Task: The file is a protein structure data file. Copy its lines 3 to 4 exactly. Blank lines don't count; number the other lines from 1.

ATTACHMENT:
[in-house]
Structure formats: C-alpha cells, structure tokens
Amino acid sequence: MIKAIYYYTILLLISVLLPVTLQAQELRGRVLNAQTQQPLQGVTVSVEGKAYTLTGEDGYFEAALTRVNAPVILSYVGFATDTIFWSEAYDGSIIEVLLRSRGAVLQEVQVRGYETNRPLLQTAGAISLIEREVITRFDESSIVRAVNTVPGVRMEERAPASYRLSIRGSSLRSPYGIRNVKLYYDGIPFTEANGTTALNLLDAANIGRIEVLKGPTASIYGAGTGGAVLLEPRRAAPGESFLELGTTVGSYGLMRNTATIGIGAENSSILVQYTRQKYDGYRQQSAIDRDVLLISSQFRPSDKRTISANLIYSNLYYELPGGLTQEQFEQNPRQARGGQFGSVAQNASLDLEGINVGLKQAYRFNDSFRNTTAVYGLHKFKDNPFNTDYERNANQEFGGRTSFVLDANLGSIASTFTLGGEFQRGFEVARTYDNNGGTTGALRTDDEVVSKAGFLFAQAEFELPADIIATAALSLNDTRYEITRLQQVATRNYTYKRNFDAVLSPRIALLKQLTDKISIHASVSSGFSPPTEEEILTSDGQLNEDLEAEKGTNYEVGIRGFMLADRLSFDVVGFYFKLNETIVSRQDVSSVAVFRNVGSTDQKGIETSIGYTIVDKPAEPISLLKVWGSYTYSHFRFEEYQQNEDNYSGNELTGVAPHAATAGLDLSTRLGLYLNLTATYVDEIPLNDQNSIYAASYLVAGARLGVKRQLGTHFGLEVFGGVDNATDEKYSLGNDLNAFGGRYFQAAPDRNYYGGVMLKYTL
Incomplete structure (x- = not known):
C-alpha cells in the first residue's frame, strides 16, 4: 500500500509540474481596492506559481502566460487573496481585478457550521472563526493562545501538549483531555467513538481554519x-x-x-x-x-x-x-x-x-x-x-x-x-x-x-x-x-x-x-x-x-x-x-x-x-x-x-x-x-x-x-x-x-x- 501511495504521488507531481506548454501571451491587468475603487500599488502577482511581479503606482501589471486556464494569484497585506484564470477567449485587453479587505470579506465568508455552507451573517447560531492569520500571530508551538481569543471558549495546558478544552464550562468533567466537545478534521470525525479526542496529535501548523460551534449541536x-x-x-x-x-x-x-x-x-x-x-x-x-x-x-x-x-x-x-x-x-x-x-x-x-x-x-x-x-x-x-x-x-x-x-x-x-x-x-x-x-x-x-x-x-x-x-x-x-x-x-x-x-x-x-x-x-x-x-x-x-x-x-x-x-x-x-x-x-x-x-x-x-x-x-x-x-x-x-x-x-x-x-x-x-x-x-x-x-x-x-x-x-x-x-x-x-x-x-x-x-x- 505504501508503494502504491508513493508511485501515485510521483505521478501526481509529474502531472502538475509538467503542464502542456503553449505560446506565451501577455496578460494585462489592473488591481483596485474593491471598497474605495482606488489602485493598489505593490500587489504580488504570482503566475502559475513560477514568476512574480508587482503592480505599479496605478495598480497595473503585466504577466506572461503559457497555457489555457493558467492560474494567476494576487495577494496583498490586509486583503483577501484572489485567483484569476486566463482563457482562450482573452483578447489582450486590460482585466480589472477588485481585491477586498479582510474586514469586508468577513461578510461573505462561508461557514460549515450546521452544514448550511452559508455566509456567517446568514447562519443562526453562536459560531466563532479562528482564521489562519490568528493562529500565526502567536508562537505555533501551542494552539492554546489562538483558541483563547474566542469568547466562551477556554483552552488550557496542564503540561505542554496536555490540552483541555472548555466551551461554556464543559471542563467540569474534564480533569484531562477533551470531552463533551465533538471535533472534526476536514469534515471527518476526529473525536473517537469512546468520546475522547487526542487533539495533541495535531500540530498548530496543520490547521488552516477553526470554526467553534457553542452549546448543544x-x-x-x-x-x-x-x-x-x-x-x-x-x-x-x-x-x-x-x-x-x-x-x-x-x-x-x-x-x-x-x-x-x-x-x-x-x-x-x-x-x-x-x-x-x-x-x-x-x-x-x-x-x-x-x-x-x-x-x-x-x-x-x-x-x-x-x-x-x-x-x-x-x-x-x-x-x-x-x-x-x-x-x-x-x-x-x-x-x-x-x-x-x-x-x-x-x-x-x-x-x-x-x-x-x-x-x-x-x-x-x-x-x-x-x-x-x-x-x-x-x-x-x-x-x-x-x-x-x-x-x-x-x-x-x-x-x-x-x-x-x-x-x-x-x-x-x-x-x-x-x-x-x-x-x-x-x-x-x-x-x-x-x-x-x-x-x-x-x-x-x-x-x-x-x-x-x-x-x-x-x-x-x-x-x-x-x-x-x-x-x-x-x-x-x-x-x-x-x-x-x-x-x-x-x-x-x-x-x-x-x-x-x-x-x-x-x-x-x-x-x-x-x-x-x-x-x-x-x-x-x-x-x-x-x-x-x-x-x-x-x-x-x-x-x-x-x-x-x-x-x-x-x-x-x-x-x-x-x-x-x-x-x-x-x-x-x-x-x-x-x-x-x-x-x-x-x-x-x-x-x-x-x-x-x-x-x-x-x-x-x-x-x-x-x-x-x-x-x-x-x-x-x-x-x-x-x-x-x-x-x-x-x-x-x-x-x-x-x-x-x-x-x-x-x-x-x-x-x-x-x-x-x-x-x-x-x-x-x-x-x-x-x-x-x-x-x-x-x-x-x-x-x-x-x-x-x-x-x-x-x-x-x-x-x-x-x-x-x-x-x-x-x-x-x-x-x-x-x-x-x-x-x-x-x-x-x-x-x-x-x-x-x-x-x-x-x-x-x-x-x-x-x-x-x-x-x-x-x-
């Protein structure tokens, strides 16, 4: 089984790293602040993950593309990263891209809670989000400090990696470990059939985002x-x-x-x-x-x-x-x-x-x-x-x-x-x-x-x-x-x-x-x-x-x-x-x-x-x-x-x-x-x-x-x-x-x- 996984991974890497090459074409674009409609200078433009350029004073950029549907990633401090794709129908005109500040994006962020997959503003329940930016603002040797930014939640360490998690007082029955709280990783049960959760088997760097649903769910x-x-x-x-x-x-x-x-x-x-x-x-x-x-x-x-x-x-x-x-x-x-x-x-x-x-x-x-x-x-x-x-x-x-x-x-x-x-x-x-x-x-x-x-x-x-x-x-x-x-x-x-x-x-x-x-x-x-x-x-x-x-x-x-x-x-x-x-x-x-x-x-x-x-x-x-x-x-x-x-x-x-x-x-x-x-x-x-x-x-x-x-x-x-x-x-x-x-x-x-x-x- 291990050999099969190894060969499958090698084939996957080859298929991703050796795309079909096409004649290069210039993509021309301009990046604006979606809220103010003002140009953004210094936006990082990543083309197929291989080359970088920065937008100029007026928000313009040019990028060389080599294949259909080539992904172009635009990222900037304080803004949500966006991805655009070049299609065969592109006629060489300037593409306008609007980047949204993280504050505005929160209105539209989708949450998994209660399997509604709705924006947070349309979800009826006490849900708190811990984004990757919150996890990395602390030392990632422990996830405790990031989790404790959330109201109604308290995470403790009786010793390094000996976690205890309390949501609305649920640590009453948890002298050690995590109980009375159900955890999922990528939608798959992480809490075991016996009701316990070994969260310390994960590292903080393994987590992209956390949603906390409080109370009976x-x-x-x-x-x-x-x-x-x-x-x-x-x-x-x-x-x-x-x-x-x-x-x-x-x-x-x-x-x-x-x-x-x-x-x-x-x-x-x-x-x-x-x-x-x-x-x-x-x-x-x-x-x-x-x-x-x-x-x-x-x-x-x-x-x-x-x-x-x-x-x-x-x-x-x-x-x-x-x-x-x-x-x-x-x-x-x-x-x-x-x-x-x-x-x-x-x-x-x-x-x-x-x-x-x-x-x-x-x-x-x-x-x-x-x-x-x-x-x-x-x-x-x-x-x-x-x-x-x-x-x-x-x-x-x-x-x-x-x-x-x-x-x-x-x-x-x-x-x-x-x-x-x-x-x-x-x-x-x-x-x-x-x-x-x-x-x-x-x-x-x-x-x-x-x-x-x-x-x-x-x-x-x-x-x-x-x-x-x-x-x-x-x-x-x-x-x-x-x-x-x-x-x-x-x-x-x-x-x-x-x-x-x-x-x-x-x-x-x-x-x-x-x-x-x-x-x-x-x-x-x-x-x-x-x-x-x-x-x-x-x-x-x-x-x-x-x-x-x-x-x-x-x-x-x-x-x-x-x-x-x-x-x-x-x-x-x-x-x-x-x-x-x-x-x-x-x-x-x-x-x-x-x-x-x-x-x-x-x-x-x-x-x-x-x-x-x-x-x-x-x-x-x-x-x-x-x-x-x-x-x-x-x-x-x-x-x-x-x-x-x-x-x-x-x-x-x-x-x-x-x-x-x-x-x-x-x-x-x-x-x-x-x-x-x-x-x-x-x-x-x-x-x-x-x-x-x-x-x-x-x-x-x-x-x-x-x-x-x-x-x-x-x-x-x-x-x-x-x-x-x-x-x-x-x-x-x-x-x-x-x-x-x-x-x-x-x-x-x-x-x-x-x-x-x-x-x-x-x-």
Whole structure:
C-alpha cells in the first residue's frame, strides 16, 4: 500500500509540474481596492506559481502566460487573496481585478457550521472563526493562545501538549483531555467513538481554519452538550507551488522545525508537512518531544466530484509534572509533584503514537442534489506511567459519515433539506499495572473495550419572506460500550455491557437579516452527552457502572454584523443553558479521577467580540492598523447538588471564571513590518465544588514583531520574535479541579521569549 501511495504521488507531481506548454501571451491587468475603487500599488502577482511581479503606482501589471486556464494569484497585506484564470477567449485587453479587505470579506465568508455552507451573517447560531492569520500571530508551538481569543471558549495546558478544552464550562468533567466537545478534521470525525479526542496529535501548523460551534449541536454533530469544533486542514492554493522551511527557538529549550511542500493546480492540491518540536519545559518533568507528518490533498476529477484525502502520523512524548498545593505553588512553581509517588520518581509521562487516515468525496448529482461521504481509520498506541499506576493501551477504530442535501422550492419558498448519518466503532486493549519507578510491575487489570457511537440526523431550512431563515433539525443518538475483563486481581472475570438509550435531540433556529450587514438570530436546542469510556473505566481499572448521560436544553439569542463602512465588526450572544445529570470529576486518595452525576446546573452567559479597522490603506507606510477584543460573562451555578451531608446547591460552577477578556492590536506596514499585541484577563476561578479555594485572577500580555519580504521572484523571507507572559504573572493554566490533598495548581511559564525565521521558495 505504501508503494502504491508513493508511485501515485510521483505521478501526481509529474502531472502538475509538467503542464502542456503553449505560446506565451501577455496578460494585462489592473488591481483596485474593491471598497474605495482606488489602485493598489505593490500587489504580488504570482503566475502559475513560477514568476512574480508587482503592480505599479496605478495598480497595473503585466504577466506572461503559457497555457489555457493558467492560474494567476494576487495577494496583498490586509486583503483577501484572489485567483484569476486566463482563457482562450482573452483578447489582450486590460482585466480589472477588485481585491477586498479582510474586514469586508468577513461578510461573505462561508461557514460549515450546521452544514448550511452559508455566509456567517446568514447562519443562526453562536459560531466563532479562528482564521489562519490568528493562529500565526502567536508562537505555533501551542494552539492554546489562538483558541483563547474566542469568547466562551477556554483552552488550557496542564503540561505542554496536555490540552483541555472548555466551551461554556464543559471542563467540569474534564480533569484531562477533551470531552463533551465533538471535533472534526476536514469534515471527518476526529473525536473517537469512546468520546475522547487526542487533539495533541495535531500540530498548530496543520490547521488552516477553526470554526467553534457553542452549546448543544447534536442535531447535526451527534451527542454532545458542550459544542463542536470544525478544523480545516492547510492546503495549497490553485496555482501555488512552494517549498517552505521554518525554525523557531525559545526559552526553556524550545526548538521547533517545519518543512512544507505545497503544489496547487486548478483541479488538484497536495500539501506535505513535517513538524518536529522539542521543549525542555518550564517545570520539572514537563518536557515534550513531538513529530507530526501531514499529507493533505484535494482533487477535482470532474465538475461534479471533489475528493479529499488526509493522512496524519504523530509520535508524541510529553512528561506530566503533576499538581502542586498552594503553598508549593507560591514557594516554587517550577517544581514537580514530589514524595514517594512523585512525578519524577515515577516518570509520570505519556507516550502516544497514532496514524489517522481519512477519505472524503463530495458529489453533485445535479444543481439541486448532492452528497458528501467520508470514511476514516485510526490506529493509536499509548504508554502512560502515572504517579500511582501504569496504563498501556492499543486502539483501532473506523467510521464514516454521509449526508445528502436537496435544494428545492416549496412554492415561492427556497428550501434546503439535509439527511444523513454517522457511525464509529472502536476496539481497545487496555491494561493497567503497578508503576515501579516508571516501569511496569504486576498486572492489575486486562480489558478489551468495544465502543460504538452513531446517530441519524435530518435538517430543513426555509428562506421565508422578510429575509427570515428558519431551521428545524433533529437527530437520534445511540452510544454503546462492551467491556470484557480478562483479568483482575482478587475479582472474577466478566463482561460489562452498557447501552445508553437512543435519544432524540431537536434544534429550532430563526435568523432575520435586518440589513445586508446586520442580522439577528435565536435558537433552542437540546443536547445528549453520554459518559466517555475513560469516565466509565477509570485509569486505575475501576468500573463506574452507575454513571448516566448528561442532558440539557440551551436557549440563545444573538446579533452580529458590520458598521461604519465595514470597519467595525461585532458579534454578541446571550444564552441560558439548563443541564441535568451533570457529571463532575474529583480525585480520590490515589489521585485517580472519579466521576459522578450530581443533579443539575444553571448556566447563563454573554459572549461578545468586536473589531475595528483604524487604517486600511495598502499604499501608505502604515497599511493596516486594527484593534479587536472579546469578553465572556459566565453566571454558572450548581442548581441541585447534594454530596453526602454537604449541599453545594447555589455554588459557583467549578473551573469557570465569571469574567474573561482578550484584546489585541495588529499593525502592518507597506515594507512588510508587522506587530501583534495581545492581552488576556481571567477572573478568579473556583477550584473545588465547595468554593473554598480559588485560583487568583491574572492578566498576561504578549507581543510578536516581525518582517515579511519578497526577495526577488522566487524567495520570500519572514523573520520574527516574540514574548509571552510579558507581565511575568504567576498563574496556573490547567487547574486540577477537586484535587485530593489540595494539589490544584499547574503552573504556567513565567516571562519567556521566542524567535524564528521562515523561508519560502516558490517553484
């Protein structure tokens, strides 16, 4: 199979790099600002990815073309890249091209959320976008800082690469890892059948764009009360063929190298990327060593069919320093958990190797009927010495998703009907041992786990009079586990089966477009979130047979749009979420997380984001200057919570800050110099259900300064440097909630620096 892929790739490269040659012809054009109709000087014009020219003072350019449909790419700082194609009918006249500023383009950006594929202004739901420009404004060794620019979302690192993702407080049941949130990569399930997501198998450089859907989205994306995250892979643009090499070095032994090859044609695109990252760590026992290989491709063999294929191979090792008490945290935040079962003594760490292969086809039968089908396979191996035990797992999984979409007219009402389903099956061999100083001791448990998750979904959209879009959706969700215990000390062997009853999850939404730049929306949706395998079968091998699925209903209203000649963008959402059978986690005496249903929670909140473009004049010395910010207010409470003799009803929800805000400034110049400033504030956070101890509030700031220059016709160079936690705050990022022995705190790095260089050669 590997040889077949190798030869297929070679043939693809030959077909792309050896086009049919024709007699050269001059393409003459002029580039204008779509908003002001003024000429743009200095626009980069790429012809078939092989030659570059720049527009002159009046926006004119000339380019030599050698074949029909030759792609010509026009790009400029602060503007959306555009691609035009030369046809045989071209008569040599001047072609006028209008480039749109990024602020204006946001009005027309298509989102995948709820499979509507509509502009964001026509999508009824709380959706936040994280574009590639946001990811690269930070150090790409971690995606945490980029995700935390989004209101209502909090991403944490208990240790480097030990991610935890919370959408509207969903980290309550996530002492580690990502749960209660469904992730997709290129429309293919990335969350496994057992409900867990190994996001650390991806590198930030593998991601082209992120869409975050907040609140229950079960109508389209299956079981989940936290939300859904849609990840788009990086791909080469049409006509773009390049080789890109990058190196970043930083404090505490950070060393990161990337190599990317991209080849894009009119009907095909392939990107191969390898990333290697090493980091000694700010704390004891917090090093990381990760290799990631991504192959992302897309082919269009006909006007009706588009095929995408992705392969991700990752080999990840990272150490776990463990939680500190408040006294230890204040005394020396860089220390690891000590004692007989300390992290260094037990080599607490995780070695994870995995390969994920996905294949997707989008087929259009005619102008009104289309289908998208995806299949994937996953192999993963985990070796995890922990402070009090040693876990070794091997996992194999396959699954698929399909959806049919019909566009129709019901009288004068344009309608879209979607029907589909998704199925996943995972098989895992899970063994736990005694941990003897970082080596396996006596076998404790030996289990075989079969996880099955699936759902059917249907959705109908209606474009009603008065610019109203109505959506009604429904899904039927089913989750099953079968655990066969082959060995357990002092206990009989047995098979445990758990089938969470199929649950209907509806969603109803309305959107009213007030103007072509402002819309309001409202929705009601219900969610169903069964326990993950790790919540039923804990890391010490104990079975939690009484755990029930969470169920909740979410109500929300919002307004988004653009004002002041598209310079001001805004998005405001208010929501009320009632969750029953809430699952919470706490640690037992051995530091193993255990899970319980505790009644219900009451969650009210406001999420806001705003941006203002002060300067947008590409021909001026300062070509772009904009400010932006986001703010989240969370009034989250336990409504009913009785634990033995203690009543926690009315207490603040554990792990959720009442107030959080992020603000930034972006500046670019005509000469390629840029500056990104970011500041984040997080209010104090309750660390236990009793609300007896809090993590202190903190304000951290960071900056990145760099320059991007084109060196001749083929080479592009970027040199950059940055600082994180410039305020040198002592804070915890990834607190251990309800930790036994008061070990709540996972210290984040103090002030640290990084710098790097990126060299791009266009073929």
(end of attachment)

Amino acid sequence: MIKAIYYYTILLLISVLLPVTLQAQELRGRVLNAQTQQPLQGVTVSVEGKAYTLTGEDGYFEAALTRVNAPVILSYVGFATDTIFWSEAYDGSIIEVLLRSRGAVLQEVQVRGYETNRPLLQTAGAISLIEREVITRFDESSIVRAVNTVPGVRMEERAPASYRLSIRGSSLRSPYGIRNVKLYYDGIPFTEANGTTALNLLDAANIGRIEVLKGPTASIYGAGTGGAVLLEPRRAAPGESFLELGTTVGSYGLMRNTATIGIGAENSSILVQYTRQKYDGYRQQSAIDRDVLLISSQFRPSDKRTISANLIYSNLYYELPGGLTQEQFEQNPRQARGGQFGSVAQNASLDLEGINVGLKQAYRFNDSFRNTTAVYGLHKFKDNPFNTDYERNANQEFGGRTSFVLDANLGSIASTFTLGGEFQRGFEVARTYDNNGGTTGALRTDDEVVSKAGFLFAQAEFELPADIIATAALSLNDTRYEITRLQQVATRNYTYKRNFDAVLSPRIALLKQLTDKISIHASVSSGFSPPTEEEILTSDGQLNEDLEAEKGTNYEVGIRGFMLADRLSFDVVGFYFKLNETIVSRQDVSSVAVFRNVGSTDQKGIETSIGYTIVDKPAEPISLLKVWGSYTYSHFRFEEYQQNEDNYSGNELTGVAPHAATAGLDLSTRLGLYLNLTATYVDEIPLNDQNSIYAASYLVAGARLGVKRQLGTHFGLEVFGGVDNATDEKYSLGNDLNAFGGRYFQAAPDRNYYGGVMLKYTL
Incomplete structure (x- = not known):